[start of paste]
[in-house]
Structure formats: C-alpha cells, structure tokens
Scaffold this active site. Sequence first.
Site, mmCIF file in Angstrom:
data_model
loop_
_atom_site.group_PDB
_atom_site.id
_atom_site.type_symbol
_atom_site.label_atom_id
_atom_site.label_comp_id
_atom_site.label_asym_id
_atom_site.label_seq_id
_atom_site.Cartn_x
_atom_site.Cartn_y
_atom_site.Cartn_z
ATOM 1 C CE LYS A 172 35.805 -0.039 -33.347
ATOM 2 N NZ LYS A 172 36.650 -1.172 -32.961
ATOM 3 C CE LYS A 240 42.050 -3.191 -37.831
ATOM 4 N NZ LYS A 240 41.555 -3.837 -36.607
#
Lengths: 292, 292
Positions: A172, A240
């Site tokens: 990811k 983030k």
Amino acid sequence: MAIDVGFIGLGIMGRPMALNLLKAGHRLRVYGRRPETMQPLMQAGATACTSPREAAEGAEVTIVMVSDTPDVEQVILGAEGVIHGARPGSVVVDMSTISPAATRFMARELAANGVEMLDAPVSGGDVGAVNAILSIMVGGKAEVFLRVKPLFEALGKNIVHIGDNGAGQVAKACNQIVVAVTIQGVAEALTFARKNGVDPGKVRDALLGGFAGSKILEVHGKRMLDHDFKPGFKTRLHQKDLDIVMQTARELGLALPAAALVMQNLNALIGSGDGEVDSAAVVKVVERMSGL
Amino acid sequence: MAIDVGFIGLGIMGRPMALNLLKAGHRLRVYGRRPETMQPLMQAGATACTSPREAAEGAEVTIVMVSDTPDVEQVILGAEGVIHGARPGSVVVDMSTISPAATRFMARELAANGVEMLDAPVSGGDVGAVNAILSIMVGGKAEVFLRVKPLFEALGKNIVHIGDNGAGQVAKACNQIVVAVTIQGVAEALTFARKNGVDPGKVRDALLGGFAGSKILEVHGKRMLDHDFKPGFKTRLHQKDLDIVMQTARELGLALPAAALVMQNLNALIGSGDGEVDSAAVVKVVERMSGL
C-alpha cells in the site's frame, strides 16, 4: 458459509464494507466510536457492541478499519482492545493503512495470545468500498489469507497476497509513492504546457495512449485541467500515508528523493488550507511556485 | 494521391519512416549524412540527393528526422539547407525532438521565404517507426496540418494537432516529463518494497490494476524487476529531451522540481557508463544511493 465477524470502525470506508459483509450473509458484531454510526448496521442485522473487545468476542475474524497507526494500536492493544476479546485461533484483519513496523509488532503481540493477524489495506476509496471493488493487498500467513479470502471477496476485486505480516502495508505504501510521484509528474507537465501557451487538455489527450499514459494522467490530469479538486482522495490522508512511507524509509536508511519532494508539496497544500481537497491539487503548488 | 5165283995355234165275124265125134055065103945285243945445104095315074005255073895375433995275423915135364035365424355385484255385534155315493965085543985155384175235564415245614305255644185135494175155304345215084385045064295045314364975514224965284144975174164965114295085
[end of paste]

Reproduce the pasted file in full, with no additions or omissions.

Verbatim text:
[in-house]
Structure formats: C-alpha cells, structure tokens
Scaffold this active site. Sequence first.
Site, mmCIF file in Angstrom:
data_model
loop_
_atom_site.group_PDB
_atom_site.id
_atom_site.type_symbol
_atom_site.label_atom_id
_atom_site.label_comp_id
_atom_site.label_asym_id
_atom_site.label_seq_id
_atom_site.Cartn_x
_atom_site.Cartn_y
_atom_site.Cartn_z
ATOM 1 C CE LYS A 172 35.805 -0.039 -33.347
ATOM 2 N NZ LYS A 172 36.650 -1.172 -32.961
ATOM 3 C CE LYS A 240 42.050 -3.191 -37.831
ATOM 4 N NZ LYS A 240 41.555 -3.837 -36.607
#
Lengths: 292, 292
Positions: A172, A240
């Site tokens: 990811k 983030k």
Amino acid sequence: MAIDVGFIGLGIMGRPMALNLLKAGHRLRVYGRRPETMQPLMQAGATACTSPREAAEGAEVTIVMVSDTPDVEQVILGAEGVIHGARPGSVVVDMSTISPAATRFMARELAANGVEMLDAPVSGGDVGAVNAILSIMVGGKAEVFLRVKPLFEALGKNIVHIGDNGAGQVAKACNQIVVAVTIQGVAEALTFARKNGVDPGKVRDALLGGFAGSKILEVHGKRMLDHDFKPGFKTRLHQKDLDIVMQTARELGLALPAAALVMQNLNALIGSGDGEVDSAAVVKVVERMSGL
Amino acid sequence: MAIDVGFIGLGIMGRPMALNLLKAGHRLRVYGRRPETMQPLMQAGATACTSPREAAEGAEVTIVMVSDTPDVEQVILGAEGVIHGARPGSVVVDMSTISPAATRFMARELAANGVEMLDAPVSGGDVGAVNAILSIMVGGKAEVFLRVKPLFEALGKNIVHIGDNGAGQVAKACNQIVVAVTIQGVAEALTFARKNGVDPGKVRDALLGGFAGSKILEVHGKRMLDHDFKPGFKTRLHQKDLDIVMQTARELGLALPAAALVMQNLNALIGSGDGEVDSAAVVKVVERMSGL
C-alpha cells in the site's frame, strides 16, 4: 458459509464494507466510536457492541478499519482492545493503512495470545468500498489469507497476497509513492504546457495512449485541467500515508528523493488550507511556485 | 494521391519512416549524412540527393528526422539547407525532438521565404517507426496540418494537432516529463518494497490494476524487476529531451522540481557508463544511493 465477524470502525470506508459483509450473509458484531454510526448496521442485522473487545468476542475474524497507526494500536492493544476479546485461533484483519513496523509488532503481540493477524489495506476509496471493488493487498500467513479470502471477496476485486505480516502495508505504501510521484509528474507537465501557451487538455489527450499514459494522467490530469479538486482522495490522508512511507524509509536508511519532494508539496497544500481537497491539487503548488 | 5165283995355234165275124265125134055065103945285243945445104095315074005255073895375433995275423915135364035365424355385484255385534155315493965085543985155384175235564415245614305255644185135494175155304345215084385045064295045314364975514224965284144975174164965114295085